March 4, 1797: John Adams Inaugurated Adams succeeds George Washington and becomes the second president of the United States after a tight election. Thomas Jefferson, the runner-up, becomes vice president.
October 1797: The XYZ Affair French foreign minister Charles de Tallyrand refuses to meet with an American diplomatic envoy unless paid $250,000 for himself and guaranteed a $12 million loan for France. The American public is outraged.
June - July 1798: Alien and Sedition Acts Passed Adams signs the four measures that make up the Alien and Sedition Acts into law, rousing staunch opposition from Republicans and even some Federalists. The Alien and Sedition Acts represent the height of Federalist expansion of the powers of national government.
November - December 1798: Kentucky and Virginia Resolutions are Adopted Kentucky and Virginia adopt resolutions, written anonymously by Thomas Jefferson and James Madison, which affirm the doctrine of states' rights over the national government, and assert that states maintain the power of interposition, allowing them to review the constitutionality of congressional measures.
October 1, 1800: Treaty of San Ildefonso Signed The Treaty of San Ildefonso, signed by France and Spain, grants France ownership of the Louisiana Territory.
February 27, 1801: The Judiciary Act of 1801 is Passed The Judiciary Act of 1801 is passed, creating sixteen new federal judgeships and reducing the number of Supreme Court justices from six to five, robbing Jefferson of his first appointment.
March 4, 1801: Thomas Jefferson Inaugurated After a Republican victory in the election of 1800, Jefferson becomes the nation's third president.
February 1803: John Marshall Delivers his Decision in Marbury v. Madison Supreme Court Chief Justice Marshall decrees that the Judiciary Act of 1789 is unconstitutional in its affirmation of the right of the Supreme Court to issue a writ of mandamus. This decision established the Supreme Court's power of judicial review.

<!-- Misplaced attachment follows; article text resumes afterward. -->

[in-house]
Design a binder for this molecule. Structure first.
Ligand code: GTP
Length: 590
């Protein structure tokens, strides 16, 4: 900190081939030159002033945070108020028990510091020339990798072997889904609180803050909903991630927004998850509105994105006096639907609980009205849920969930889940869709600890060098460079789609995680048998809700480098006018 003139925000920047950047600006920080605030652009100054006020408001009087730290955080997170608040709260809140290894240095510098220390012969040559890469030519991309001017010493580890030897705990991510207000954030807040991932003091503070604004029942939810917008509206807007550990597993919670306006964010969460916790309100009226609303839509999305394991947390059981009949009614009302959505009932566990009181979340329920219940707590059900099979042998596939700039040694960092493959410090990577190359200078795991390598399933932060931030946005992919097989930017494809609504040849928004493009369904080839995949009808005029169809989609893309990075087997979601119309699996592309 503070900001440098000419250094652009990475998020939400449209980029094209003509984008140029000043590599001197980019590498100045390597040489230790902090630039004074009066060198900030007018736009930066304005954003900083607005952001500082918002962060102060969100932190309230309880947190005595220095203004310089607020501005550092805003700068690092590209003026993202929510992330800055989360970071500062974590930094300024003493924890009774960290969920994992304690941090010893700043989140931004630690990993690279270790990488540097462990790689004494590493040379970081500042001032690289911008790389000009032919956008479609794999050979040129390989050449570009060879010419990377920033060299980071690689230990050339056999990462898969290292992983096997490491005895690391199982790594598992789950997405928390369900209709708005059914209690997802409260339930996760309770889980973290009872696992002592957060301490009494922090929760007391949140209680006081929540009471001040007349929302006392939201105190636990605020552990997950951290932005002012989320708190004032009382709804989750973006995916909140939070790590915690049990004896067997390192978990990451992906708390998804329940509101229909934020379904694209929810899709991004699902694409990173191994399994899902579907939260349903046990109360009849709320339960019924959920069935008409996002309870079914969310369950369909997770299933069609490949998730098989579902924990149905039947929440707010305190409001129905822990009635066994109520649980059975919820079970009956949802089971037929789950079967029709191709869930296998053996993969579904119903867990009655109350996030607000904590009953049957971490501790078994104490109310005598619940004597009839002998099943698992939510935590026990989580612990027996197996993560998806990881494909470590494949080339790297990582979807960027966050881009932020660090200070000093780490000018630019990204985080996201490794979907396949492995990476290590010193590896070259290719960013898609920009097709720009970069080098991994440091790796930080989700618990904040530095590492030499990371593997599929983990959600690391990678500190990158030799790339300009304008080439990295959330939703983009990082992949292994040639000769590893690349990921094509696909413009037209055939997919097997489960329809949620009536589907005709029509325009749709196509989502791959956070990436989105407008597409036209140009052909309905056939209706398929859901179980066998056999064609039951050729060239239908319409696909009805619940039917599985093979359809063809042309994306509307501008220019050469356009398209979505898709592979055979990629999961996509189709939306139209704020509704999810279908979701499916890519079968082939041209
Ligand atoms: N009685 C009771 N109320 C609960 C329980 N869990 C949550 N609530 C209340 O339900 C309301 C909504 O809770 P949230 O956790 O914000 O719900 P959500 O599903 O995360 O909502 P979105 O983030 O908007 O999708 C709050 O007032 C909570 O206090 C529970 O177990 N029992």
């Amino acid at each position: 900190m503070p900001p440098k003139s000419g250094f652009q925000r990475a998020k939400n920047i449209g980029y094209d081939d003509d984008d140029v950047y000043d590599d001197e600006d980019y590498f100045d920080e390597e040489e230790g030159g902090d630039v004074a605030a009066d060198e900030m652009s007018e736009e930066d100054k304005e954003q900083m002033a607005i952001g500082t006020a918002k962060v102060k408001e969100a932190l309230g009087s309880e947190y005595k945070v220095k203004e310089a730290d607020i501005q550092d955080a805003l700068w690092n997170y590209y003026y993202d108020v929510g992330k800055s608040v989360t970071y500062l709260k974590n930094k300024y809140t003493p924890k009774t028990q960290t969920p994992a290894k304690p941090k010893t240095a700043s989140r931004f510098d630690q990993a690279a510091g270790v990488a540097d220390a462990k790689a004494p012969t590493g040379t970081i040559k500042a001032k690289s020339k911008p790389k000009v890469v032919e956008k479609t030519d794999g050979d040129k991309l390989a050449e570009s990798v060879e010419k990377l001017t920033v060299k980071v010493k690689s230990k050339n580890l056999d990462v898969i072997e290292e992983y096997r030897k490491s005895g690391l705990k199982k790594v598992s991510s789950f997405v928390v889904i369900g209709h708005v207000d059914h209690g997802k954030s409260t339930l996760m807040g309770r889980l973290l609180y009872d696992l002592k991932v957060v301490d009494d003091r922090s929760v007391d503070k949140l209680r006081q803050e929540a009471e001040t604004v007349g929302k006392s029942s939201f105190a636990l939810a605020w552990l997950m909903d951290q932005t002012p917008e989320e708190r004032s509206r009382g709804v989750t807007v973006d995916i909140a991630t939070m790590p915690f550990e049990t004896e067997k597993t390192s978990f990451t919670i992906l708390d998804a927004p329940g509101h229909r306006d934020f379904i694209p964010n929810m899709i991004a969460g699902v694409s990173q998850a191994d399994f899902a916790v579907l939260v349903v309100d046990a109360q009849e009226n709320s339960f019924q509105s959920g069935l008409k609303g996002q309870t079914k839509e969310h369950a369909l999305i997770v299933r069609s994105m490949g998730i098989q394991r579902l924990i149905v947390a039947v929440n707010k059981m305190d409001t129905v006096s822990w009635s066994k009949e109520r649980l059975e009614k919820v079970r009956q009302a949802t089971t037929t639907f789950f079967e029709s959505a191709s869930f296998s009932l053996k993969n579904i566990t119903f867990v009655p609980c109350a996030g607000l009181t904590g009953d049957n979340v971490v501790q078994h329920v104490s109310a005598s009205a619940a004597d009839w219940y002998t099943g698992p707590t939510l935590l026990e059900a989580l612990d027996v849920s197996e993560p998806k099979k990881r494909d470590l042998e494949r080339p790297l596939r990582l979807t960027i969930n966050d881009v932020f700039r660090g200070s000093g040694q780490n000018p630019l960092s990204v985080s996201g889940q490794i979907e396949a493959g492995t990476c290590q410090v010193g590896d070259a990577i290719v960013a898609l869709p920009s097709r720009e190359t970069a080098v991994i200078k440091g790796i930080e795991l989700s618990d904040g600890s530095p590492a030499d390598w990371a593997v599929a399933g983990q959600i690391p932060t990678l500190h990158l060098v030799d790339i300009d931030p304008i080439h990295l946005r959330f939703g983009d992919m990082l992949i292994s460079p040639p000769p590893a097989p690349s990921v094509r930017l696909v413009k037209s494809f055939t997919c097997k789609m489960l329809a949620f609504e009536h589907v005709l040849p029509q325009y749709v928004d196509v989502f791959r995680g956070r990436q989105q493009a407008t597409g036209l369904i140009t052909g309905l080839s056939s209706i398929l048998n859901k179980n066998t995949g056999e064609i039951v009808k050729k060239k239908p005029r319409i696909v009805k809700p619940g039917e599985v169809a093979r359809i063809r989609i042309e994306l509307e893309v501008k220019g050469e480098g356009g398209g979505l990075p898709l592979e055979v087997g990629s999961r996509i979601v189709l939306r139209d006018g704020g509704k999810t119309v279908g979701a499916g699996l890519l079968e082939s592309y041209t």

December 20, 1803: US Takes Possession of Louisiana Eight months after the Louisiana Purchase is negotiated in April, the US takes formal possession of the new territory, doubling the nation's size.
May 1804: Lewis and Clark Set Out Off from St. Louis After preparing over the winter, the famous expedition, led by Meriwether Lewis and William Clark begins north on the Missouri River with a team of 45 military personnel.
November 7, 1805: Lewis and Clark Reach The Pacific Ocean Convention Having traveled over the mountains in southern Idaho and down the Snake and Columbia Rivers, the expedition reaches the mouth of the Columbia, on the Pacific Ocean, where they spend their second winter.
September 1806: Lewis and Clark Return to St. Louis The expedition returns intact to St. Louis, having traveled 3,000 miles in just two and a half years, an unprecedented feat. Their return prompts great interest in the west.
June 22, 1807: The Chesapeake-Leopard Affair The British naval frigate HMS Leopard follows the American naval frigate USS Chesapeake out of Norfolk harbor in Virginia, and opens fire upon it after a request to board is denied. The Chesapeake, not prepared for battle, loses three men and has twenty wounded, and permits the British to board. The British naval officers board, seize four men who had deserted the royal navy, hang them from a yardarm, and sail away.
September 1, 1807: Aaron Burr Acquitted of Treason After his planned conspiracy to attack Texas and secede from the Union fails, Burr is captured and tried for treason. Chief Justice Marshall rules that the inoperative intent to divide the Union does not constitute treason, and Burr is acquitted.
December 22, 1807: The Embargo Act is Passed In response to the Chesapeake-Leopard Affair, Jefferson advocates the Embargo Act, which forbids ships to leave from American ports for trade with foreign ports. He intends the embargo to work as peaceable coercion, forcing the British and French to respect American neutrality at sea.
March 3, 1809: The Embargo Act is Repealed After over a year of economic suffering in the United States, and the rise of vocal public criticism of the Embargo Act, the act is repealed, and replaced with a tamer non-intercourse law regarding France and Britain.
March 4, 1809: James Madison Inaugurated Though the nation was disappointed with Jefferson's final major action in office, the Embargo Act, the Republicans remained the majority party, and James Madison easily won the 1808 election, becoming the nation's fourth president in 1809.